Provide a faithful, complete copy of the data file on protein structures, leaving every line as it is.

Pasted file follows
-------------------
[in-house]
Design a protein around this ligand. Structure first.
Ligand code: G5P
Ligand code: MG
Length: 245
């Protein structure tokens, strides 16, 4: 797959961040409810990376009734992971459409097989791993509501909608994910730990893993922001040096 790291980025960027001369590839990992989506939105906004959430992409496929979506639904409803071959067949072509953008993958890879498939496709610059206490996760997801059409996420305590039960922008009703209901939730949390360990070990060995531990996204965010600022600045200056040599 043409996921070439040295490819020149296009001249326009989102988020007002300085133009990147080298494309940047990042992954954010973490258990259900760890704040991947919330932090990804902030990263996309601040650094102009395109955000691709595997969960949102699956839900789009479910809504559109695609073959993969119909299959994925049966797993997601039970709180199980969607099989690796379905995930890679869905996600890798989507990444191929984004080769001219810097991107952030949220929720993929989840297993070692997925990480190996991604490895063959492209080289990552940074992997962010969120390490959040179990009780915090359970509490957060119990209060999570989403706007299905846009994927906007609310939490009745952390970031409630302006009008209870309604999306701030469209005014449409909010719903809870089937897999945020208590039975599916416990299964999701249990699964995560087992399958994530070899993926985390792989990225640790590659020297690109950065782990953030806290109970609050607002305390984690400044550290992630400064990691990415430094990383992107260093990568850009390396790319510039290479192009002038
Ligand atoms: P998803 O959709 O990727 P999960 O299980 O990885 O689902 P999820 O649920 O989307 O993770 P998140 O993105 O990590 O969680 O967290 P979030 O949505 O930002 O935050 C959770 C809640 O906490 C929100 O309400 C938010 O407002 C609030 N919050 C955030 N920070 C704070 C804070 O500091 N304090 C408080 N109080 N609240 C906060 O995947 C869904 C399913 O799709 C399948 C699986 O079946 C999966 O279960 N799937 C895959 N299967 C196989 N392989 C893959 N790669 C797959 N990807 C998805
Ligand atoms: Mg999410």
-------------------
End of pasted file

[in-house]
Design a protein around this ligand. Structure first.
Ligand code: G5P
Ligand code: MG
Length: 245
């Protein structure tokens, strides 16, 4: 797959961040409810990376009734992971459409097989791993509501909608994910730990893993922001040096 790291980025960027001369590839990992989506939105906004959430992409496929979506639904409803071959067949072509953008993958890879498939496709610059206490996760997801059409996420305590039960922008009703209901939730949390360990070990060995531990996204965010600022600045200056040599 043409996921070439040295490819020149296009001249326009989102988020007002300085133009990147080298494309940047990042992954954010973490258990259900760890704040991947919330932090990804902030990263996309601040650094102009395109955000691709595997969960949102699956839900789009479910809504559109695609073959993969119909299959994925049966797993997601039970709180199980969607099989690796379905995930890679869905996600890798989507990444191929984004080769001219810097991107952030949220929720993929989840297993070692997925990480190996991604490895063959492209080289990552940074992997962010969120390490959040179990009780915090359970509490957060119990209060999570989403706007299905846009994927906007609310939490009745952390970031409630302006009008209870309604999306701030469209005014449409909010719903809870089937897999945020208590039975599916416990299964999701249990699964995560087992399958994530070899993926985390792989990225640790590659020297690109950065782990953030806290109970609050607002305390984690400044550290992630400064990691990415430094990383992107260093990568850009390396790319510039290479192009002038
Ligand atoms: P998803 O959709 O990727 P999960 O299980 O990885 O689902 P999820 O649920 O989307 O993770 P998140 O993105 O990590 O969680 O967290 P979030 O949505 O930002 O935050 C959770 C809640 O906490 C929100 O309400 C938010 O407002 C609030 N919050 C955030 N920070 C704070 C804070 O500091 N304090 C408080 N109080 N609240 C906060 O995947 C869904 C399913 O799709 C399948 C699986 O079946 C999966 O279960 N799937 C895959 N299967 C196989 N392989 C893959 N790669 C797959 N990807 C998805
Ligand atoms: Mg999410």